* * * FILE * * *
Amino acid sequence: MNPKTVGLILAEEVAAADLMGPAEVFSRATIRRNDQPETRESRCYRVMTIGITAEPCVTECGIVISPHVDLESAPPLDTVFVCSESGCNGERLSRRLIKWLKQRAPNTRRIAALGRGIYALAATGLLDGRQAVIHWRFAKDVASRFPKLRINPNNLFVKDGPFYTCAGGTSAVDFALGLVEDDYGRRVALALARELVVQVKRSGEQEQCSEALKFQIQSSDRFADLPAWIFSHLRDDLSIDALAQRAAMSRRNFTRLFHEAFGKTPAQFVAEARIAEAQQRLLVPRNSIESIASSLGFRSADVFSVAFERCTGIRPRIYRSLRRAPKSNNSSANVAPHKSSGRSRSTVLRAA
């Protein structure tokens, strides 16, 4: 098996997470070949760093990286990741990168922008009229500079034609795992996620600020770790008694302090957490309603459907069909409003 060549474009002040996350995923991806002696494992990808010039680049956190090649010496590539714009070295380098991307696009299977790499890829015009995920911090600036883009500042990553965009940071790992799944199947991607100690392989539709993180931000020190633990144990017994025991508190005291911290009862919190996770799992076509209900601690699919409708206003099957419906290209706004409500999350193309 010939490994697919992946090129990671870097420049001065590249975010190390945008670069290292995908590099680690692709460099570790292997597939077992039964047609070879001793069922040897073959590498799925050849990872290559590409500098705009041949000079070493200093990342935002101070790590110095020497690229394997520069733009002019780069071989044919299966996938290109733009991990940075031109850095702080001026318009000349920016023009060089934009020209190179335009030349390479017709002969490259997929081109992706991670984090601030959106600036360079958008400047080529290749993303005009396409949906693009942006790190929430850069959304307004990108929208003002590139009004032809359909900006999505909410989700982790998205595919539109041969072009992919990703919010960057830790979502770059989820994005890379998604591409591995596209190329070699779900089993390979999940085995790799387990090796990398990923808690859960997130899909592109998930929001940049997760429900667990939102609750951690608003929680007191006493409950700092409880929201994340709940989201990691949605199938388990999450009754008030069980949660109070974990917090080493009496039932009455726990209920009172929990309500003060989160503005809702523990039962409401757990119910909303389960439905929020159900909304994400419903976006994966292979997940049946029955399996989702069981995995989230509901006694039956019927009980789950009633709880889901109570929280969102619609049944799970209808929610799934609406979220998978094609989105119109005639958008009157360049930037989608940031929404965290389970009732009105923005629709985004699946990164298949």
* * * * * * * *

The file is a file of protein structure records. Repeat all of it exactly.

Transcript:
Amino acid sequence: MNPKTVGLILAEEVAAADLMGPAEVFSRATIRRNDQPETRESRCYRVMTIGITAEPCVTECGIVISPHVDLESAPPLDTVFVCSESGCNGERLSRRLIKWLKQRAPNTRRIAALGRGIYALAATGLLDGRQAVIHWRFAKDVASRFPKLRINPNNLFVKDGPFYTCAGGTSAVDFALGLVEDDYGRRVALALARELVVQVKRSGEQEQCSEALKFQIQSSDRFADLPAWIFSHLRDDLSIDALAQRAAMSRRNFTRLFHEAFGKTPAQFVAEARIAEAQQRLLVPRNSIESIASSLGFRSADVFSVAFERCTGIRPRIYRSLRRAPKSNNSSANVAPHKSSGRSRSTVLRAA
């Protein structure tokens, strides 16, 4: 098996997470070949760093990286990741990168922008009229500079034609795992996620600020770790008694302090957490309603459907069909409003 060549474009002040996350995923991806002696494992990808010039680049956190090649010496590539714009070295380098991307696009299977790499890829015009995920911090600036883009500042990553965009940071790992799944199947991607100690392989539709993180931000020190633990144990017994025991508190005291911290009862919190996770799992076509209900601690699919409708206003099957419906290209706004409500999350193309 010939490994697919992946090129990671870097420049001065590249975010190390945008670069290292995908590099680690692709460099570790292997597939077992039964047609070879001793069922040897073959590498799925050849990872290559590409500098705009041949000079070493200093990342935002101070790590110095020497690229394997520069733009002019780069071989044919299966996938290109733009991990940075031109850095702080001026318009000349920016023009060089934009020209190179335009030349390479017709002969490259997929081109992706991670984090601030959106600036360079958008400047080529290749993303005009396409949906693009942006790190929430850069959304307004990108929208003002590139009004032809359909900006999505909410989700982790998205595919539109041969072009992919990703919010960057830790979502770059989820994005890379998604591409591995596209190329070699779900089993390979999940085995790799387990090796990398990923808690859960997130899909592109998930929001940049997760429900667990939102609750951690608003929680007191006493409950700092409880929201994340709940989201990691949605199938388990999450009754008030069980949660109070974990917090080493009496039932009455726990209920009172929990309500003060989160503005809702523990039962409401757990119910909303389960439905929020159900909304994400419903976006994966292979997940049946029955399996989702069981995995989230509901006694039956019927009980789950009633709880889901109570929280969102619609049944799970209808929610799934609406979220998978094609989105119109005639958008009157360049930037989608940031929404965290389970009732009105923005629709985004699946990164298949």